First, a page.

Ballantyne notes that we want to treat persuading others by rational means as an ideal that guides philosophical debate. I’m not sure. Knowing what we know today about human psychology, we might instead say that the philosophical ideal is to somehow distance ourselves from the corruptions of confirmation bias. It is, however, hard to see how to do that without giving up on the idea that philosophy is about winning. (Imagine submitting an essay to a journal in which you begin by saying, “My thesis, to which sympathetic readers offer seemingly decisive objections, is that ….”) But if philosophy is not about winning, then perhaps it is not really about debate either. Perhaps a more philosophical ideal of philosophy would see Plato, and the best philosophers ever since, as simply trying to give readers something to think about.

It is hard not to notice how routinely we come away from a philosophical conversation with an acute awareness of the difference between (1) what we were trying to say, (2) what we actually said, and (3) what we wish we had been trying to say; that is, what we would have been trying to say had we known then what we know now. As Ballantyne explains, when entertaining an argument sketch, we “meta-reason” about the possibility of constructing more detailed arguments: we reason about what further reasoning we could do. This is how we expedite getting to our conclusion without bogging down or getting into regresses. If I give you an argument sketch, it is as if I give you an IOU. You can demand “payment” in the form of a filled-out argument. But typically uncharitable critical responses are disappointing. We lament that our critic fails to see how we were inviting readers to fill in what the critic identifies as a gap. If we see ourselves as swashbuckling virtuosos who have earned the right to have our argument sketches be given the benefit of the doubt, we run afoul of critics who in turn imagine that it is they who are the swashbuckling virtuosos, imagining that their argument sketches are the ones entitled to be filled in charitably.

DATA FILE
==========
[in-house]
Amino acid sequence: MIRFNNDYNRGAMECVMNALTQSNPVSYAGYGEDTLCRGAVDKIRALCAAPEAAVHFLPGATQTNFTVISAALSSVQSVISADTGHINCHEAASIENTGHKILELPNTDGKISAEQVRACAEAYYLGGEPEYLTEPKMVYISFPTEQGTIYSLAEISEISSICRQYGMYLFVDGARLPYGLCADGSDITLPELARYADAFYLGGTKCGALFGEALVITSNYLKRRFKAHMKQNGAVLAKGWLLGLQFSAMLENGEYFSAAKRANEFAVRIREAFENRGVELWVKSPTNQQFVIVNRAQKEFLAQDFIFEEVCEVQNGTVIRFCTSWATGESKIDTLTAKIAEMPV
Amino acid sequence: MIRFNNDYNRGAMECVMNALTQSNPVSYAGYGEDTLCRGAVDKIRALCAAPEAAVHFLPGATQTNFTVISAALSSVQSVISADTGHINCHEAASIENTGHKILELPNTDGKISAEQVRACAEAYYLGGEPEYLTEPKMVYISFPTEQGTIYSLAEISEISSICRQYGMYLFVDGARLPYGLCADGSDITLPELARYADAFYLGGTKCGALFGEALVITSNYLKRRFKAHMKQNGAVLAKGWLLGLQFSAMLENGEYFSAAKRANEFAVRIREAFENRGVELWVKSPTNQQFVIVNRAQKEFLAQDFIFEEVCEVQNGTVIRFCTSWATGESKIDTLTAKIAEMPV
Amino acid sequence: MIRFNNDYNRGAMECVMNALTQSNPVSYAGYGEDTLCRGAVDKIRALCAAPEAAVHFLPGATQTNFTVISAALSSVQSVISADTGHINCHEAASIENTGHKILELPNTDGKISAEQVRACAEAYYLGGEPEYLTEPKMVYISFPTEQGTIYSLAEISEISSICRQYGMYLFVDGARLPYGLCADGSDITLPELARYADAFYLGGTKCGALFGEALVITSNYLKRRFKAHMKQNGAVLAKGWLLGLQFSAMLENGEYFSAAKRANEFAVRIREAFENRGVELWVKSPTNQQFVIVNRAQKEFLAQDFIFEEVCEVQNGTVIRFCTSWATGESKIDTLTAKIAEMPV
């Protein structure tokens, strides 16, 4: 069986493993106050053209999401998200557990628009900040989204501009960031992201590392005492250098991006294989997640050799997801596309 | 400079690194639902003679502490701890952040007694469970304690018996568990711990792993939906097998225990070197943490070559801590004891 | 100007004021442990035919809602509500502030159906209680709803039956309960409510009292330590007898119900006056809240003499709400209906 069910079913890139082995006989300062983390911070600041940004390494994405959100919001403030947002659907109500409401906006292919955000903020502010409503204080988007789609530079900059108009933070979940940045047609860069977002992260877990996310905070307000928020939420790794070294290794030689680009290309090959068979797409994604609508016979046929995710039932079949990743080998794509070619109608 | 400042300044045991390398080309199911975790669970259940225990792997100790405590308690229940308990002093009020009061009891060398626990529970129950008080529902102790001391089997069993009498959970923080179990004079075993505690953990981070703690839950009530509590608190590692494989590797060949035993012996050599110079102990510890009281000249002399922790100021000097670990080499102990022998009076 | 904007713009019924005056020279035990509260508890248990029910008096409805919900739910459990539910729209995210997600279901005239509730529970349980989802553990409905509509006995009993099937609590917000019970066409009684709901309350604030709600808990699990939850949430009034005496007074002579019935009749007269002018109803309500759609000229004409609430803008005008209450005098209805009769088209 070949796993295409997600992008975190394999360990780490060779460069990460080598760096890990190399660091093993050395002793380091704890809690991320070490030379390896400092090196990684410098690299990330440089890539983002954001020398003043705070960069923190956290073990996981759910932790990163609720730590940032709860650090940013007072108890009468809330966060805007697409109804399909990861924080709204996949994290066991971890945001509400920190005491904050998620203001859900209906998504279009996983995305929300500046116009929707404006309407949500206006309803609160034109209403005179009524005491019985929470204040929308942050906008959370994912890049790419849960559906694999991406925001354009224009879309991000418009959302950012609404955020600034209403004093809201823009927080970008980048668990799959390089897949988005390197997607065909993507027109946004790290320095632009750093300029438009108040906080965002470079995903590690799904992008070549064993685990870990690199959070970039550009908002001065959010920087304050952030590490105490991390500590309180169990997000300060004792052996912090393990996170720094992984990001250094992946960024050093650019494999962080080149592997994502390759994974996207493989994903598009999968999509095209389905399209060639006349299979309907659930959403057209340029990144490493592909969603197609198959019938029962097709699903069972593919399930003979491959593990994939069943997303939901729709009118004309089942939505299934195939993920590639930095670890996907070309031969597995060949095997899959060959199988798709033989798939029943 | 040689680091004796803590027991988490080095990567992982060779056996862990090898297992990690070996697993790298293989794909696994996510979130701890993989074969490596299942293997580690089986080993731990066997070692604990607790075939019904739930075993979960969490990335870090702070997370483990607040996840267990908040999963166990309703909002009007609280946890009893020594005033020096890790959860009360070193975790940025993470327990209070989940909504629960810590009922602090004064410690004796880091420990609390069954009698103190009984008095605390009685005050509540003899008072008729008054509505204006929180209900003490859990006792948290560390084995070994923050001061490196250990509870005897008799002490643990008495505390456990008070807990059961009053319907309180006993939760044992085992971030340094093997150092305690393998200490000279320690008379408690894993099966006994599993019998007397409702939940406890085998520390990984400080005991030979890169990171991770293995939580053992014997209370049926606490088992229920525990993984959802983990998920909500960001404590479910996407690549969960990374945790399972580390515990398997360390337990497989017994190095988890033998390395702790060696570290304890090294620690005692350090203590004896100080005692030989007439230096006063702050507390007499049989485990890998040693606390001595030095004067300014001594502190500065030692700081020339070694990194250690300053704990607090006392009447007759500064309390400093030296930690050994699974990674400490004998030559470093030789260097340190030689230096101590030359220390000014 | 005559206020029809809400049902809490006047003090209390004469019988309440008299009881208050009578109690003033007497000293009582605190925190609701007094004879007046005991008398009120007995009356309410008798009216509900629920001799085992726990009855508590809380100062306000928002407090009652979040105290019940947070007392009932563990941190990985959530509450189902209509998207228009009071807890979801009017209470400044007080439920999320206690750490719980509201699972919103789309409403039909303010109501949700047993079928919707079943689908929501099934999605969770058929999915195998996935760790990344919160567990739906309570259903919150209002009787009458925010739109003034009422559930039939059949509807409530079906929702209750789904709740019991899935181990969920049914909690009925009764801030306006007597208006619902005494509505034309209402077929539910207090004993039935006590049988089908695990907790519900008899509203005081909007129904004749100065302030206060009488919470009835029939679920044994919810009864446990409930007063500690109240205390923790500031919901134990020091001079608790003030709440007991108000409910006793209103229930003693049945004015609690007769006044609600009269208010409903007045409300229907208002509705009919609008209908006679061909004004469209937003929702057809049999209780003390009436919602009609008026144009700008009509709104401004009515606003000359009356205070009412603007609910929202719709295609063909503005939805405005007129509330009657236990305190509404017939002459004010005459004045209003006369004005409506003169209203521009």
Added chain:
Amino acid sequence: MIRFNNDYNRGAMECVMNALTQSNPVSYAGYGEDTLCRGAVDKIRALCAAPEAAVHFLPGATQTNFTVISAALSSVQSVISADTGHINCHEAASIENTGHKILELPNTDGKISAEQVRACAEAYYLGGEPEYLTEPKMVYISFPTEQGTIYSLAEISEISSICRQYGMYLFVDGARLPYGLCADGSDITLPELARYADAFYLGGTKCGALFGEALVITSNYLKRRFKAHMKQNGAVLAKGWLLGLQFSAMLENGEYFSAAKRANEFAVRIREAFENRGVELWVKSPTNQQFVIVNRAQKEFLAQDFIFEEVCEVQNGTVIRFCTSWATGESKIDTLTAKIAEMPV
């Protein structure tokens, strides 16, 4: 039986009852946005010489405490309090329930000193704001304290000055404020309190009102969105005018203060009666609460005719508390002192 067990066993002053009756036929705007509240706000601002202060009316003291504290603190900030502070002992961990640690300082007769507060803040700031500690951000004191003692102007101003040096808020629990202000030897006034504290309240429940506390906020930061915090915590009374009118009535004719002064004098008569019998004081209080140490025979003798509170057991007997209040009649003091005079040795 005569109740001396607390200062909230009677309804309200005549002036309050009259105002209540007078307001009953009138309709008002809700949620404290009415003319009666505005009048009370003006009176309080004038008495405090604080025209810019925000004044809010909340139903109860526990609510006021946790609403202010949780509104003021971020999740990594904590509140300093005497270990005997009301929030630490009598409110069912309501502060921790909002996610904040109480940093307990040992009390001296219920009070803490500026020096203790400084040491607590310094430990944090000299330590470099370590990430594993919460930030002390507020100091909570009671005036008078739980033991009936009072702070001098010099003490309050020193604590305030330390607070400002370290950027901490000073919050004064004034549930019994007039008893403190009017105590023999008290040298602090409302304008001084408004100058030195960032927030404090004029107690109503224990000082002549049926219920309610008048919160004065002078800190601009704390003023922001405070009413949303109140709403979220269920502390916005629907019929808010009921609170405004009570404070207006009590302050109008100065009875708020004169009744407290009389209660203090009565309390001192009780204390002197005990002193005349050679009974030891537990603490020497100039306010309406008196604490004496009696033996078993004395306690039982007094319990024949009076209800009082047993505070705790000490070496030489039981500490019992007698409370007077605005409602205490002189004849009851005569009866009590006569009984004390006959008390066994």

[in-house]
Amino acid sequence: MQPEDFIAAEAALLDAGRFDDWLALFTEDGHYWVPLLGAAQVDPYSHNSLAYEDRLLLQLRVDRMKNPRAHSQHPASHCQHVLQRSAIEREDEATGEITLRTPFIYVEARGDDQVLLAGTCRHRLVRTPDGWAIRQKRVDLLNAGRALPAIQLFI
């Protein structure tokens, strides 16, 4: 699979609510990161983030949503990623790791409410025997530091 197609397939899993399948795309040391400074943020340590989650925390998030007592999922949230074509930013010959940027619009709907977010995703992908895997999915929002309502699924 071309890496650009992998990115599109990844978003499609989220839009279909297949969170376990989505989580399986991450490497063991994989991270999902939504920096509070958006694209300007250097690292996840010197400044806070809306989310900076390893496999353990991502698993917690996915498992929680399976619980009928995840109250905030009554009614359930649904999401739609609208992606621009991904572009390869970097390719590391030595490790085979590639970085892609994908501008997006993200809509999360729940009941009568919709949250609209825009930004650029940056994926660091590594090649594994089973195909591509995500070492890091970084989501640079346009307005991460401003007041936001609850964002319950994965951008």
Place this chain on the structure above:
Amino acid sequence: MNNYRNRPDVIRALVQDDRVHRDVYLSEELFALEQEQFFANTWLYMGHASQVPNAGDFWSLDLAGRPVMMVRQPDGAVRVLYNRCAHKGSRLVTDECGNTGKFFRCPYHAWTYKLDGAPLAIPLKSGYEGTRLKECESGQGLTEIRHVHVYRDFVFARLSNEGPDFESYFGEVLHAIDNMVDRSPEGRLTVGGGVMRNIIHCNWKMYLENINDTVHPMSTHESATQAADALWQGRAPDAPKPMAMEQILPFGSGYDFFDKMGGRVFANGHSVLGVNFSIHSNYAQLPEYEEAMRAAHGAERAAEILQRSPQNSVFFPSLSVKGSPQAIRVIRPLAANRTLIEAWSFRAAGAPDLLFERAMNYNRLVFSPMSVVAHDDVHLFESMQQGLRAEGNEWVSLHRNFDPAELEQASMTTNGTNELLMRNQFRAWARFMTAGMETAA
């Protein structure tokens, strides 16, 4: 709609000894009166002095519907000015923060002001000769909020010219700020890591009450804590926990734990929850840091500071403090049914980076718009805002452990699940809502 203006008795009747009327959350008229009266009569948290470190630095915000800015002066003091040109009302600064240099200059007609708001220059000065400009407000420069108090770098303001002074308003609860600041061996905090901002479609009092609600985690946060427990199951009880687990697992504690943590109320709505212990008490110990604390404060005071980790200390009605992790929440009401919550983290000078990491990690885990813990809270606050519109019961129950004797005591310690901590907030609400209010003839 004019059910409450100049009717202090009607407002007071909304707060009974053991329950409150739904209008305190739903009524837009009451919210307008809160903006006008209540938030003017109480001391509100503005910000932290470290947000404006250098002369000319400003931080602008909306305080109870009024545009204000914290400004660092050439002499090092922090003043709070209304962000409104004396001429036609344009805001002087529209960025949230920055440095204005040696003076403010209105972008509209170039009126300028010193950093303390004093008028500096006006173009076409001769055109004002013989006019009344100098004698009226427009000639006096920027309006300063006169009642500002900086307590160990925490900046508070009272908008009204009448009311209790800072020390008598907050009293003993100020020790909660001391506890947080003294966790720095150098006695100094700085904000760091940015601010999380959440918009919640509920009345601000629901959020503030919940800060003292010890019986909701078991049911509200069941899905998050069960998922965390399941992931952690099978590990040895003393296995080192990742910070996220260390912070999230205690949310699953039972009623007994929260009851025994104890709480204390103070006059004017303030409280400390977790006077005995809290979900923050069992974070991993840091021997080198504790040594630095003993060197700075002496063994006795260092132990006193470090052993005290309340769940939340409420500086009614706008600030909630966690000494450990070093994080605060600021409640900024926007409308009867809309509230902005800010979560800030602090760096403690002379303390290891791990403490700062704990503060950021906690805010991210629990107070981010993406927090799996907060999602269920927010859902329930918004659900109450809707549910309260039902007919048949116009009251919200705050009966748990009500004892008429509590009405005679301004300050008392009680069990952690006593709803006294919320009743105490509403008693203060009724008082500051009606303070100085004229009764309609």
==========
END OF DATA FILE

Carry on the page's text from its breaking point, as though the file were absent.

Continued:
This is not to deny that debates can be worthwhile. Debates often do turn on hypotheses that genuinely are testable and accountable to observable evidence. The false ideal for a debater is to avoid testability. The true ideal is to have a thesis that is genuinely testable, even if that sometimes means learning that we lost, and that we now have an opportunity to learn, sort through the rubble, then move on with a more realistic perspective.


What if our ways of gathering information or making connections involve search algorithms? What if algorithms involve machine learning? What if a dumb algorithm has a better statistical record of correct diagnosis than a human expert? More puzzling, what if even programmers who design an algorithm cannot explain how it works? The issue of Social Philosophy and Policy (vol. 37, no. 2) on “Freedom of Thought” featured articles by Richard Sorabji and by Karim Nader on whether search algorithms represent a new kind of invasion of privacy. Deborah G. Johnson continues the conversation here by describing emerging issues of algorithmic accountability.

People or corporations are accountable, Johnson explains, just in case there is a forum in which they are obliged to explain and justify their actions, and in which they can be judged and sanctioned accordingly. So, Volkswagen, for example, may be accountable to a board of directors, regulatory agencies, employees, and customers for decisions regarding emissions standards. People who once acted with impunity can be shocked to realize that they are indeed accountable, and that it was never their prerogative to make that decision in that way. All too often, we read a news story and wonder, “What were they thinking?” Moreover, accountability can be an intricate interplay among multiple agents subject to multiple norms. If a bridge fails, investigators are left to ask: Who designed the bridge? Who selected that designer? Who selected that location? Who specified how much traffic the bridge should be able to handle? Which other person subsequently decided how much traffic the bridge would in fact handle?